Microsoft keeps pushing toward repairability, now with Xbox controller parts
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Microsoft keeps pushing toward repairability, now with Xbox controller parts

Jun 05, 2023

Kevin Purdy - Aug 1, 2023 3:35 pm UTC

If you're the type of person who hates the idea of giving Microsoft another $65 for a new controller (or more than $100 for an Elite Series 2) because you know there's just one part broken, Microsoft has a store for you. It's small, but it's something.

Direct from Microsoft, you can now buy a half-dozen Xbox repair and replacement parts for both the Xbox Elite Wireless Controller Series 2 and the standard Xbox Wireless Controller. Each controller has top cases and button replacement sets in black and white, plus the two inner circuit boards that provide charging, input, vibration, and, of course, sockets with new potentiometers installed to fix stick drift.

Parts on their own aren't that helpful to most of us, though, so Microsoft is also providing written and video guides. The videos are essentially full teardowns of each controller. The Elite Series 2 requires a plastic pry tool (aka spudger), a T6 and T8 screwdriver, and tweezers. The videos are helpful and aimed at all skill levels. "Always push away from yourself when using pry tools, so if you slip you won't harm yourself" is advice I have refused to accept a number of times.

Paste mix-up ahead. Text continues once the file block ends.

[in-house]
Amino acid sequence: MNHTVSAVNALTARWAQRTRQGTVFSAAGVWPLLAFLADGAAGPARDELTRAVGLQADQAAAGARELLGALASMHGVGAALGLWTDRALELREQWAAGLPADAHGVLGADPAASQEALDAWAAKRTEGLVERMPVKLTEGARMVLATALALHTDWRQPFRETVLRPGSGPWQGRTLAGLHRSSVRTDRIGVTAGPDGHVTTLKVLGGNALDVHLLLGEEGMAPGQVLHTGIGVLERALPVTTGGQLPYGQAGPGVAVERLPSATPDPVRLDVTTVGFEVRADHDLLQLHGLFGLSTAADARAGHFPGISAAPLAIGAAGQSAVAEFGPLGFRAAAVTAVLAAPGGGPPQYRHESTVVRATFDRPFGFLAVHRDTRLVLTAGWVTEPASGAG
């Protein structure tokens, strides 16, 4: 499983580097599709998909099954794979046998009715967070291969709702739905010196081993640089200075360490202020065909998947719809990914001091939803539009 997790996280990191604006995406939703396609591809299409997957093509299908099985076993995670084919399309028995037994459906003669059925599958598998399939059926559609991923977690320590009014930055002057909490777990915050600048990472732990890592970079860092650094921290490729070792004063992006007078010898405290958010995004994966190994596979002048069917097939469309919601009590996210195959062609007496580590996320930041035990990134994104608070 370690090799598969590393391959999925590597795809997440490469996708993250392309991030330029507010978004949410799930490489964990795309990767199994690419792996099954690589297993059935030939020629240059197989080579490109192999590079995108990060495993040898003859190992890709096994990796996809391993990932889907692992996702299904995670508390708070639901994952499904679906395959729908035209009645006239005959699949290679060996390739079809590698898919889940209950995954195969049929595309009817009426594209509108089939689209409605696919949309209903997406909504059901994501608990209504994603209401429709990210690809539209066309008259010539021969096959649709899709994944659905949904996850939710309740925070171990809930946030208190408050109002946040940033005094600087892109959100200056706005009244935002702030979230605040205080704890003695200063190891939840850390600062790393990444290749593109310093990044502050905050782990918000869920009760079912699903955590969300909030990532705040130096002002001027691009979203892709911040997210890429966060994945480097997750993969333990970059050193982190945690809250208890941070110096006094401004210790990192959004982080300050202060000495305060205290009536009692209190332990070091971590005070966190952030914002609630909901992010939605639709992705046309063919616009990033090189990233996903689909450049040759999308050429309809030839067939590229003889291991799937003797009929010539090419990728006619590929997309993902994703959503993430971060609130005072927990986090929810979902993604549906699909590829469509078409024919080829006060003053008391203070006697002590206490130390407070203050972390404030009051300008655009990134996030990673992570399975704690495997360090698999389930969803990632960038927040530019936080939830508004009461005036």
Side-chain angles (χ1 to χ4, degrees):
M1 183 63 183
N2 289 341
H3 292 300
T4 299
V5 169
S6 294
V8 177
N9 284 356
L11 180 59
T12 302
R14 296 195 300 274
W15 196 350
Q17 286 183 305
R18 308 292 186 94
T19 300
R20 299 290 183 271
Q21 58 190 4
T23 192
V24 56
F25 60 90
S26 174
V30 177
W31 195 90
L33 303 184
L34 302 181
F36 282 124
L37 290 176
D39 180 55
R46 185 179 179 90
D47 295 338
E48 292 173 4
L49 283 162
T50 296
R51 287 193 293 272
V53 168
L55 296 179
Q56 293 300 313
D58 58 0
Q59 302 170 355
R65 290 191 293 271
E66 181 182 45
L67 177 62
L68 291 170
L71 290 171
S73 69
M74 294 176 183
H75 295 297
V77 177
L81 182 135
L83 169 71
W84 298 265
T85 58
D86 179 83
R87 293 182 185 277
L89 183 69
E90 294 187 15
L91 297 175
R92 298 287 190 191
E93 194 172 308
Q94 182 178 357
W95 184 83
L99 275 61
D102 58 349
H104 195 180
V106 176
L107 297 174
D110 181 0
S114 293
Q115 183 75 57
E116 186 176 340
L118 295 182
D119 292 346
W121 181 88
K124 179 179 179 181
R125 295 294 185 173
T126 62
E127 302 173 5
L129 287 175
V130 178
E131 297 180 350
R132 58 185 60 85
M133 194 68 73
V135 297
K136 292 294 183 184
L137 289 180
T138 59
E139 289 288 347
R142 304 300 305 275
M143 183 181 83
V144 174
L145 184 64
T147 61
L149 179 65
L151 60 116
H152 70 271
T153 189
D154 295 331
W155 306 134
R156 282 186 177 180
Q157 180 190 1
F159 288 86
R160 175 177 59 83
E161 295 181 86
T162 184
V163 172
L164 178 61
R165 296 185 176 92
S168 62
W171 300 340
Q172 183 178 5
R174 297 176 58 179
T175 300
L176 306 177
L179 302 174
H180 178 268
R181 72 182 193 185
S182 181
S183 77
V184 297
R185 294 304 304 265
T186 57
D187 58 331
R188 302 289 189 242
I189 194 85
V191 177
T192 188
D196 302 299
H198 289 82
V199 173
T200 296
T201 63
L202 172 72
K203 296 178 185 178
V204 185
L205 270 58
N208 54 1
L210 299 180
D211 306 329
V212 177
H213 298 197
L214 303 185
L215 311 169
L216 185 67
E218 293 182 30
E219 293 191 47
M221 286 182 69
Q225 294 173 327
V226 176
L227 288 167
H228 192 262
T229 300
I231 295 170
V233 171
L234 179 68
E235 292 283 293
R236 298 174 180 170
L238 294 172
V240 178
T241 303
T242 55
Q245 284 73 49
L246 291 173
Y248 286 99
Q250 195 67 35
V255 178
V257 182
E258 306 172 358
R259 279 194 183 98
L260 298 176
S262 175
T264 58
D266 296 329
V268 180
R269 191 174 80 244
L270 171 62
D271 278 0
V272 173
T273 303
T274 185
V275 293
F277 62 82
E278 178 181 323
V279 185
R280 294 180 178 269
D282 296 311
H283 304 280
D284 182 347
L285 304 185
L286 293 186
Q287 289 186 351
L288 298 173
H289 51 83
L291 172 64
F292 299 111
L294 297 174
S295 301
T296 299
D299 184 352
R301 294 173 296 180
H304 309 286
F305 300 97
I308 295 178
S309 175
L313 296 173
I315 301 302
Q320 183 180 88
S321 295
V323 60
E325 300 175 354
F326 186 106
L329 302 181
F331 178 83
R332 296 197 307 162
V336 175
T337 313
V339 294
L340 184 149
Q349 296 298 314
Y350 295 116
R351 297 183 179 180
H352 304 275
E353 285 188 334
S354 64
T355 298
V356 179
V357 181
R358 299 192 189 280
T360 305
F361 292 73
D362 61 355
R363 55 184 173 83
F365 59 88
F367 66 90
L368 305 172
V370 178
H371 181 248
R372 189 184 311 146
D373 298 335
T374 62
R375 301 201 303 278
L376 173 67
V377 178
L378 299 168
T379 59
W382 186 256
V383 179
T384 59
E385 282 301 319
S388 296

At $35, the drift-fixing "Replacement PCBA and Motor Assembly" (i.e., controller sub-board, or "daughterboard") for the standard Wireless Controller is certainly cheaper than buying a whole new controller, but it's also a job requiring some wire-running patience. Repair store iFixit sells most of the same parts, including some individual components, like joystick modules, for those with a solder iron and the will to use it. iFixit's stock is less certain (they're currently out of controller sub-boards), but they offer a lifetime guarantee on many parts.

Microsoft's offering of official parts follows its agreement to expand parts and repair options after a 2021 agreement with activist shareholders. Since then, the company has posted its own teardown and repair videos for Surface Laptops and started selling parts for Surface devices. The company's pivot to offer more at-home service options also comes a few years after it closed its retail stores.

Disclosure: Kevin Purdy previously worked for iFixit. He has no financial involvement with the company.